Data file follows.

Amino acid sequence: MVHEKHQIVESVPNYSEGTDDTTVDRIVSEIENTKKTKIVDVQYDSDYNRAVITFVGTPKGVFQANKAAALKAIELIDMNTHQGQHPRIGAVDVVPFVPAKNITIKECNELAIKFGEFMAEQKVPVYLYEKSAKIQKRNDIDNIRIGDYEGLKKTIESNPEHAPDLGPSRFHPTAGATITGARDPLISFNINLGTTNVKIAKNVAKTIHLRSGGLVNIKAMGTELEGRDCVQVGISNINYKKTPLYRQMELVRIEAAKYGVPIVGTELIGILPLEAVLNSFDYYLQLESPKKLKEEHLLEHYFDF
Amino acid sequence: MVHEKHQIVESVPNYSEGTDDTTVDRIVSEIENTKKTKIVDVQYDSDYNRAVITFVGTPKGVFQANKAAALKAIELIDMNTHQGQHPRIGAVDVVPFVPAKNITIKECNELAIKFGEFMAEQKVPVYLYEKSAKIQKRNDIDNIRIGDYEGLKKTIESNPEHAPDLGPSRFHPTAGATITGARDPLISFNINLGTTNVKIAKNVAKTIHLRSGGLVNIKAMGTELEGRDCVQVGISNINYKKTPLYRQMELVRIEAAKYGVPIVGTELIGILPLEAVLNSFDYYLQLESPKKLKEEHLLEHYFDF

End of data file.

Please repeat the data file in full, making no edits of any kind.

Amino acid sequence: MVHEKHQIVESVPNYSEGTDDTTVDRIVSEIENTKKTKIVDVQYDSDYNRAVITFVGTPKGVFQANKAAALKAIELIDMNTHQGQHPRIGAVDVVPFVPAKNITIKECNELAIKFGEFMAEQKVPVYLYEKSAKIQKRNDIDNIRIGDYEGLKKTIESNPEHAPDLGPSRFHPTAGATITGARDPLISFNINLGTTNVKIAKNVAKTIHLRSGGLVNIKAMGTELEGRDCVQVGISNINYKKTPLYRQMELVRIEAAKYGVPIVGTELIGILPLEAVLNSFDYYLQLESPKKLKEEHLLEHYFDF
Amino acid sequence: MVHEKHQIVESVPNYSEGTDDTTVDRIVSEIENTKKTKIVDVQYDSDYNRAVITFVGTPKGVFQANKAAALKAIELIDMNTHQGQHPRIGAVDVVPFVPAKNITIKECNELAIKFGEFMAEQKVPVYLYEKSAKIQKRNDIDNIRIGDYEGLKKTIESNPEHAPDLGPSRFHPTAGATITGARDPLISFNINLGTTNVKIAKNVAKTIHLRSGGLVNIKAMGTELEGRDCVQVGISNINYKKTPLYRQMELVRIEAAKYGVPIVGTELIGILPLEAVLNSFDYYLQLESPKKLKEEHLLEHYFDF